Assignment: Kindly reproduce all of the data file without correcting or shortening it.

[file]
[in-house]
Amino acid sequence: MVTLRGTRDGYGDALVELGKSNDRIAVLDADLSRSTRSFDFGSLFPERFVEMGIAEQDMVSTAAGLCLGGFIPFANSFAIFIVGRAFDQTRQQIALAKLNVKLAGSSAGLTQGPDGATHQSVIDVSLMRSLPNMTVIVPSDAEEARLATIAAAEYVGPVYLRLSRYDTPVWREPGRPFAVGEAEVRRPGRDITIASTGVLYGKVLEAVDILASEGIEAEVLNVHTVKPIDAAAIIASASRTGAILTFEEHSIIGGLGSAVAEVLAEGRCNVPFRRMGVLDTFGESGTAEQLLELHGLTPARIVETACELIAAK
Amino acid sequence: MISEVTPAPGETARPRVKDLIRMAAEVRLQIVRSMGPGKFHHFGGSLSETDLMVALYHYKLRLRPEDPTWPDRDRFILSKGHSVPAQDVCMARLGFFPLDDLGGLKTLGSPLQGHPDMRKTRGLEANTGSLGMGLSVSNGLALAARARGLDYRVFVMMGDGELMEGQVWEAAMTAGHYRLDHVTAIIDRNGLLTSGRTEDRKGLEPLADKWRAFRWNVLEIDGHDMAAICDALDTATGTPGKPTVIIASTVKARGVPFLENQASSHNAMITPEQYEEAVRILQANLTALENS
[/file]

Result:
[in-house]
Amino acid sequence: MVTLRGTRDGYGDALVELGKSNDRIAVLDADLSRSTRSFDFGSLFPERFVEMGIAEQDMVSTAAGLCLGGFIPFANSFAIFIVGRAFDQTRQQIALAKLNVKLAGSSAGLTQGPDGATHQSVIDVSLMRSLPNMTVIVPSDAEEARLATIAAAEYVGPVYLRLSRYDTPVWREPGRPFAVGEAEVRRPGRDITIASTGVLYGKVLEAVDILASEGIEAEVLNVHTVKPIDAAAIIASASRTGAILTFEEHSIIGGLGSAVAEVLAEGRCNVPFRRMGVLDTFGESGTAEQLLELHGLTPARIVETACELIAAK
Amino acid sequence: MISEVTPAPGETARPRVKDLIRMAAEVRLQIVRSMGPGKFHHFGGSLSETDLMVALYHYKLRLRPEDPTWPDRDRFILSKGHSVPAQDVCMARLGFFPLDDLGGLKTLGSPLQGHPDMRKTRGLEANTGSLGMGLSVSNGLALAARARGLDYRVFVMMGDGELMEGQVWEAAMTAGHYRLDHVTAIIDRNGLLTSGRTEDRKGLEPLADKWRAFRWNVLEIDGHDMAAICDALDTATGTPGKPTVIIASTVKARGVPFLENQASSHNAMITPEQYEEAVRILQANLTALENS